e a crazed fan How to not look lik t your friend’s while trying to ge attention: the opposite Your friend is on . You’re both side of the hallway e class and going to the sam with her. Yell you want to walk at could be her name? Well, th esn’t hear you. awkward if she do pep in your Instead, put a little with her. step and catch up

hile in a rush: lty’s greeting w cu fa d at in between an f af free time to ch d to the st ve on a sp ha re ho to w rs ow H ead of having embe me time. Inst ose faculty m sa th an e th th ss n pa ve l te ha al of t e e W Mor n don’ their question. em is, we ofte bl er ro a sw P s. en an d th se d an as an cl lite quick answer ersation, be po . Give them a en full blown conv be ve u’ yo king how eciated. not, they’re as they’ll feel appr d an ,” ng ki as “thanks for

How to avoid awkward eye contact: Most of the time we sta re off while walking down the hall. Sometim es we just so happen to let our eyes settle on someone we had no intention of staring at. If that person happens to notice that you’re lax-ja w staring at them, give them a quick smile or say hi. Who knows, yo ur kindness might make their day.

How to resp ond to the “S up?”: There’s alw ays that ac quaintance “Sup?” Do y who passes ou continue you with a walking wit answer? Re h a smile or spond with give an actu a one-word question ba al answer and ck around o then turn th n them: “Go you care bu e o d , you?” This t are also ru shows that shing to yo ur next clas s. pages designed by Cassie Florido & Maddie Knopke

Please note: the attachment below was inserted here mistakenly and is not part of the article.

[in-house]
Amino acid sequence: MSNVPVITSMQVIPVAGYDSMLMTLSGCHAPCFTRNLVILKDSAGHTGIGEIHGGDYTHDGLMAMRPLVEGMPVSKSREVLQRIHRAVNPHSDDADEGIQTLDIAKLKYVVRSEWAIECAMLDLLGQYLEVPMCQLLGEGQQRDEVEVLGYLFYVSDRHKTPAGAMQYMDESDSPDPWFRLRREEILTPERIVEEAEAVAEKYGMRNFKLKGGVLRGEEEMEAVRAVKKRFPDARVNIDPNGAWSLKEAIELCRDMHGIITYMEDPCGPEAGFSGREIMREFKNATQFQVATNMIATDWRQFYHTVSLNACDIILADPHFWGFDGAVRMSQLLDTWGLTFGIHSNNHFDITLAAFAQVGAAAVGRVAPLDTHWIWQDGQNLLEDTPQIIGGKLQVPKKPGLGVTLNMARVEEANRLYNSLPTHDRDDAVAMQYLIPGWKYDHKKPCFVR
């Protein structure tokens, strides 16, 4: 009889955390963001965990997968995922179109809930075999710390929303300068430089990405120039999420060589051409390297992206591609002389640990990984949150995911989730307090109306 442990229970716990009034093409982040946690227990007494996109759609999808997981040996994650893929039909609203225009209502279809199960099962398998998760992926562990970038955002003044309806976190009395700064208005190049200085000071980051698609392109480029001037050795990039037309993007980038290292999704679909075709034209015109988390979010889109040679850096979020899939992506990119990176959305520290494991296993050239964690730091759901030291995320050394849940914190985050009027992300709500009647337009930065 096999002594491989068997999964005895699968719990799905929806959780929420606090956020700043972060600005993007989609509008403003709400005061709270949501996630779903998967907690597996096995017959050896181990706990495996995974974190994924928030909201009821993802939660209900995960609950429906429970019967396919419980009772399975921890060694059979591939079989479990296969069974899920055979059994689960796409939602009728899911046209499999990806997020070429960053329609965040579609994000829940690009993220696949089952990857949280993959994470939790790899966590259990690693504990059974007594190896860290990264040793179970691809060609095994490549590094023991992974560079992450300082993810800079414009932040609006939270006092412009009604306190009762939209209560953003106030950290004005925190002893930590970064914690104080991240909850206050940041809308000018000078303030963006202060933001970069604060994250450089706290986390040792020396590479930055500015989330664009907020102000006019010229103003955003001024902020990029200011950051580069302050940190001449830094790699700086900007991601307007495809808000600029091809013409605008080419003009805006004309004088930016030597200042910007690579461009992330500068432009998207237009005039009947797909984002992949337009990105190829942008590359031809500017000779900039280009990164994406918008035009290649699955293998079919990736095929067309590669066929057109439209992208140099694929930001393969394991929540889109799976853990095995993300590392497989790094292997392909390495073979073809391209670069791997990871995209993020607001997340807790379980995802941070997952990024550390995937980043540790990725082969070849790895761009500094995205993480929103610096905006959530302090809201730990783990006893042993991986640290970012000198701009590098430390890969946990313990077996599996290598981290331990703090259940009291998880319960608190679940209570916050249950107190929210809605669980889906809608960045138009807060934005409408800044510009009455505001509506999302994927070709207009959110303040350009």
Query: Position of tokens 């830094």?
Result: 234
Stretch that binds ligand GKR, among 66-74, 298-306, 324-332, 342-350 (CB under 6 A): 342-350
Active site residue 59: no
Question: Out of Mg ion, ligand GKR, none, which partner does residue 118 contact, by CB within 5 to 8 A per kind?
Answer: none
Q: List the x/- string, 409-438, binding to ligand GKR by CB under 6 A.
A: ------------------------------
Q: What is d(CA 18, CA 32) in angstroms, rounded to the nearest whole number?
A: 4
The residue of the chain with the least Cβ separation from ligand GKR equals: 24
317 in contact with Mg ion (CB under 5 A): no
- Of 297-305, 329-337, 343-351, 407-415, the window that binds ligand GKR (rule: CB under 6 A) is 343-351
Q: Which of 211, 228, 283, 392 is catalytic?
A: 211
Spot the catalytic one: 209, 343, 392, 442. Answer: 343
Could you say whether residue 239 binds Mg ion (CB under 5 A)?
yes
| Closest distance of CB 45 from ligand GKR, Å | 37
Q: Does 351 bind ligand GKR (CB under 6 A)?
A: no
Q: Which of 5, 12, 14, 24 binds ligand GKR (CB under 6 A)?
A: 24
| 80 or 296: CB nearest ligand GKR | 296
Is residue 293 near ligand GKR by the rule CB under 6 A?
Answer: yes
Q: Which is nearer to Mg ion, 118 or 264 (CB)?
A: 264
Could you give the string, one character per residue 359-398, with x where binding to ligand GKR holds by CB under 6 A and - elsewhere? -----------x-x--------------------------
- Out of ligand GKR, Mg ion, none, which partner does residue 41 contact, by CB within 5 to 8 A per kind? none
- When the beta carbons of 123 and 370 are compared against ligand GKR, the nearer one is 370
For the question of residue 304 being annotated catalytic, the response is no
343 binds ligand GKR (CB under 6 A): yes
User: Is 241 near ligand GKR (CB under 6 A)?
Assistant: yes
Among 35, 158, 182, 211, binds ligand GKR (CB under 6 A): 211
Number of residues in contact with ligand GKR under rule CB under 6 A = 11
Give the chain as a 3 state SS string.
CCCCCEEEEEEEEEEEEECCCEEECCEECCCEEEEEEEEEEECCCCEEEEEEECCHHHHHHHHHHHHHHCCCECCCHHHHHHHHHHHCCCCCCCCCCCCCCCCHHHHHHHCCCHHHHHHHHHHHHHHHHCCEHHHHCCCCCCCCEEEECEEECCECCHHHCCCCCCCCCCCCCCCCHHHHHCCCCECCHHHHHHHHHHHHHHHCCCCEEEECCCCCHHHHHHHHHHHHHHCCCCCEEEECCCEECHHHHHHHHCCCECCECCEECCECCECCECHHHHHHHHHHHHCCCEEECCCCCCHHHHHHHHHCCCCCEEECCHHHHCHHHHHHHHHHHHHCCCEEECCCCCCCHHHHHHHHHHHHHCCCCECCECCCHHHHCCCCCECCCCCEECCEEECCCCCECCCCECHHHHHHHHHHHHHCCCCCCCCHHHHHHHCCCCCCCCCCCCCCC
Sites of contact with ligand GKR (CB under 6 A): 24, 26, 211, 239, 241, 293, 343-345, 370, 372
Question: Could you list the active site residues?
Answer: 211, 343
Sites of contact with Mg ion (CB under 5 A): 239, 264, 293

in the

What you missed:

Dance team performs at Rockhurst

The behind-the scenes of this performance is revealed in a news story, along with a recap of the event.

Gallery: Auction kick-off This gallery summarizes the 2013 auction skit in which teachers performed a “Downton Abbey�-themed as incentive to sell raffle tickets.

New Blogs:

Coming Soon: The story behind senior portraits

A photo gallery and video examine the process behind the tradition from the prepping to the photographing.


the dart | | 21 October 2013

Visit the new blogs as well as new blog postings now up on DNO!

School Liason // Jabs True Life // Current Events Short Stack // Stars Say Buried Life

Gallery: Teresian dance

Make sure to check out the upcoming Teresian dance gallery next that will be posted next week.

page designed by Maddie Knopke

The Dart: Vol 73 Issue 2  

The Dart is the official student news source of St. Teresa's Academy in Kansas City, Missouri.